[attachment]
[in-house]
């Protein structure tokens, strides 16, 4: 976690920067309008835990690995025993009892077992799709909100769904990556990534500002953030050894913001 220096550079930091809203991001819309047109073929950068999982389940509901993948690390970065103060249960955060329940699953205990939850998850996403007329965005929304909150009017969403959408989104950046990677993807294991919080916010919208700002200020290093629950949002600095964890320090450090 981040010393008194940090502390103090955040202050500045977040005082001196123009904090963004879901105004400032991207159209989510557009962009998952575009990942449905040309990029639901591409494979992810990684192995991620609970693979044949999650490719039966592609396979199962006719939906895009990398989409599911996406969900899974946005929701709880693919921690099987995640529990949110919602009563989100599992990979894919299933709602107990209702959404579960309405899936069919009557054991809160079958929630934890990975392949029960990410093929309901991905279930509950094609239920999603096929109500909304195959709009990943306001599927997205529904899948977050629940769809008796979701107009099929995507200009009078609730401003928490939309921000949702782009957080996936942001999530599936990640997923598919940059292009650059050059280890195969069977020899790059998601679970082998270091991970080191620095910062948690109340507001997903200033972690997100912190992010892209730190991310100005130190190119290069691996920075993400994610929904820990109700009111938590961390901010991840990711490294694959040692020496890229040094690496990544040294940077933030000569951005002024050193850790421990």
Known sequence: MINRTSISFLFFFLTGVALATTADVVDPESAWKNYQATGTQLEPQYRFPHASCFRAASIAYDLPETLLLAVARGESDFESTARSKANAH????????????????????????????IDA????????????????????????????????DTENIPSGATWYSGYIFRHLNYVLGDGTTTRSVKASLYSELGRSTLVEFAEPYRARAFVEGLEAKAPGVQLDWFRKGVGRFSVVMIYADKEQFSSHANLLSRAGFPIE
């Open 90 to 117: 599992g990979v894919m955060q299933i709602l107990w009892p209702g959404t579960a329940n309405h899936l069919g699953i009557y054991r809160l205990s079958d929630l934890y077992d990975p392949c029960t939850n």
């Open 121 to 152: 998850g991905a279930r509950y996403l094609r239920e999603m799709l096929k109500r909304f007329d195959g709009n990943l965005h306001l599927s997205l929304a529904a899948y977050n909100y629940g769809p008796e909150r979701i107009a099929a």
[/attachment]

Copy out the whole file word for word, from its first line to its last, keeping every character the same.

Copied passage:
[in-house]
């Protein structure tokens, strides 16, 4: 976690920067309008835990690995025993009892077992799709909100769904990556990534500002953030050894913001 220096550079930091809203991001819309047109073929950068999982389940509901993948690390970065103060249960955060329940699953205990939850998850996403007329965005929304909150009017969403959408989104950046990677993807294991919080916010919208700002200020290093629950949002600095964890320090450090 981040010393008194940090502390103090955040202050500045977040005082001196123009904090963004879901105004400032991207159209989510557009962009998952575009990942449905040309990029639901591409494979992810990684192995991620609970693979044949999650490719039966592609396979199962006719939906895009990398989409599911996406969900899974946005929701709880693919921690099987995640529990949110919602009563989100599992990979894919299933709602107990209702959404579960309405899936069919009557054991809160079958929630934890990975392949029960990410093929309901991905279930509950094609239920999603096929109500909304195959709009990943306001599927997205529904899948977050629940769809008796979701107009099929995507200009009078609730401003928490939309921000949702782009957080996936942001999530599936990640997923598919940059292009650059050059280890195969069977020899790059998601679970082998270091991970080191620095910062948690109340507001997903200033972690997100912190992010892209730190991310100005130190190119290069691996920075993400994610929904820990109700009111938590961390901010991840990711490294694959040692020496890229040094690496990544040294940077933030000569951005002024050193850790421990």
Known sequence: MINRTSISFLFFFLTGVALATTADVVDPESAWKNYQATGTQLEPQYRFPHASCFRAASIAYDLPETLLLAVARGESDFESTARSKANAH????????????????????????????IDA????????????????????????????????DTENIPSGATWYSGYIFRHLNYVLGDGTTTRSVKASLYSELGRSTLVEFAEPYRARAFVEGLEAKAPGVQLDWFRKGVGRFSVVMIYADKEQFSSHANLLSRAGFPIE
């Open 90 to 117: 599992g990979v894919m955060q299933i709602l107990w009892p209702g959404t579960a329940n309405h899936l069919g699953i009557y054991r809160l205990s079958d929630l934890y077992d990975p392949c029960t939850n």
């Open 121 to 152: 998850g991905a279930r509950y996403l094609r239920e999603m799709l096929k109500r909304f007329d195959g709009n990943l965005h306001l599927s997205l929304a529904a899948y977050n909100y629940g769809p008796e909150r979701i107009a099929a």